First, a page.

After confirming that the fibrotic tissue is a salty microenvironment, we posited that a hypersaline culture medium would best mimic the in vivo fibrotic tissue condition, and thus it would favor the growth of microbes implicated in disease pathogenesis. We incubated lung fibrotic tissue specimens from TGFβ1 TG and WT mice (Fig. 2a, b) for 48 h in a medium containing 8% NaCl. Bacterial growth in medium inoculated with lung fibrotic specimens from TGFβ1 TG mice, but not from WT mice, was detected. We then performed streak plating to isolate bacterial colonies, and by using phase-contrast microscopy, a bacteria morphology compatible with Staphylococcus spp. was observed (Fig. 2c). The identities of the bacterial strains were confirmed by sequencing of their 16S rRNA genes, amplified by polymerase chain reaction. Determining the whole genome sequences, however, revealed that while one of the colonies (strain 8) corresponds to a strain of Staphylococcus nepalensis, another colony (strain 6) was a mixture of Staphylococcus spp. The whole genome sequences of the cultures designated strain 6 and strain 8 have been deposited at the Genbank database with the accession number PRJNA544423. To further confirm the identity of strain 8, we compared its whole genome sequence with that of other Staphylococcus nepalensis strains in the Genbank database, and for strains JS9, SNUC4337, DSM15150, JS11, and JS1 the identities were 99.52%, 99.61%, 99.60%, 99.53%, and 99.50%, respectively. Thus, based on the purity of strain 8 and its very high genomic homology to other Staphylococcus nepalensis strains, we named the bacterium Staphylococcus nepalensis with a strain designation of CNDG.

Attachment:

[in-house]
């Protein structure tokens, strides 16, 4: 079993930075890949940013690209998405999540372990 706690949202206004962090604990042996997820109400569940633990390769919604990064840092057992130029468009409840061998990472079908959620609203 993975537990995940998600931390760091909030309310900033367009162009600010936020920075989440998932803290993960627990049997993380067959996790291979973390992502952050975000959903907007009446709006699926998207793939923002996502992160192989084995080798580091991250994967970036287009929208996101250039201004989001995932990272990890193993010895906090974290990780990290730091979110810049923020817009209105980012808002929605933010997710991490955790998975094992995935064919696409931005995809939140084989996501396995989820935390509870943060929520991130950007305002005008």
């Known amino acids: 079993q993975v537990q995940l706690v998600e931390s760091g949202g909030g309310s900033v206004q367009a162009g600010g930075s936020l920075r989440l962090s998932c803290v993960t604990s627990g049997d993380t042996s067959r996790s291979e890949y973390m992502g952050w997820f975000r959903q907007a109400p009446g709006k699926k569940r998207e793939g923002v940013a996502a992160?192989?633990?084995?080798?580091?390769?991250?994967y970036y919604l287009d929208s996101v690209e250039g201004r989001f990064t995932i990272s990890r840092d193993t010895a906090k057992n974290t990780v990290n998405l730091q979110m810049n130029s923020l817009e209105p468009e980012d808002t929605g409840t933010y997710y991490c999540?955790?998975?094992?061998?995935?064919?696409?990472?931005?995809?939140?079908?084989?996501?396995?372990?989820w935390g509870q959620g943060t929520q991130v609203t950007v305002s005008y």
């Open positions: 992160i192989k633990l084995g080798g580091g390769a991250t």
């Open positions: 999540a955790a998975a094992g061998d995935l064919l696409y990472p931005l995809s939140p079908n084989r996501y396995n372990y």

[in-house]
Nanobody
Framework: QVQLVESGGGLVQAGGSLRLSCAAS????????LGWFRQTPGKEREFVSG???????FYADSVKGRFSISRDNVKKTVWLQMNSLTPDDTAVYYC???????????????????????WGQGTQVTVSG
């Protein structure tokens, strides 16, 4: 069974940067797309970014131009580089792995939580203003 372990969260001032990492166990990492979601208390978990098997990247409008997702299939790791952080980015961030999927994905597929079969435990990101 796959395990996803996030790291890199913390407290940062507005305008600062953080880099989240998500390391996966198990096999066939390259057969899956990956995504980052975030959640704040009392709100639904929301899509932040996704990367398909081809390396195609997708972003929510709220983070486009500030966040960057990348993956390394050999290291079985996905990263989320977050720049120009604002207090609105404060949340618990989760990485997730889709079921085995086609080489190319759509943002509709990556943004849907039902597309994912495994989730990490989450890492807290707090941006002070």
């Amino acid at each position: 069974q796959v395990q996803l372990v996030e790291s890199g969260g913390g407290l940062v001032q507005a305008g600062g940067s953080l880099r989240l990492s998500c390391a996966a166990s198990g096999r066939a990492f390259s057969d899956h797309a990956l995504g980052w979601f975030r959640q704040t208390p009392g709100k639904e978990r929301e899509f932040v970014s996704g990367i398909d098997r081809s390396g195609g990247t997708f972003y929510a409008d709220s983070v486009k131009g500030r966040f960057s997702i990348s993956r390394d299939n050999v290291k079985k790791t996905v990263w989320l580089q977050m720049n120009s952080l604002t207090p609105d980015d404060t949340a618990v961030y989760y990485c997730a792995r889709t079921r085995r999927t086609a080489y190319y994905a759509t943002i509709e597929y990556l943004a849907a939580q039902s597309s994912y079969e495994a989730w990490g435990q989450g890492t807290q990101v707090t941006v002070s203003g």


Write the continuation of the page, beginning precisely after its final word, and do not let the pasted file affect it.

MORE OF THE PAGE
Apoptosis of lung cells induced by culture supernatants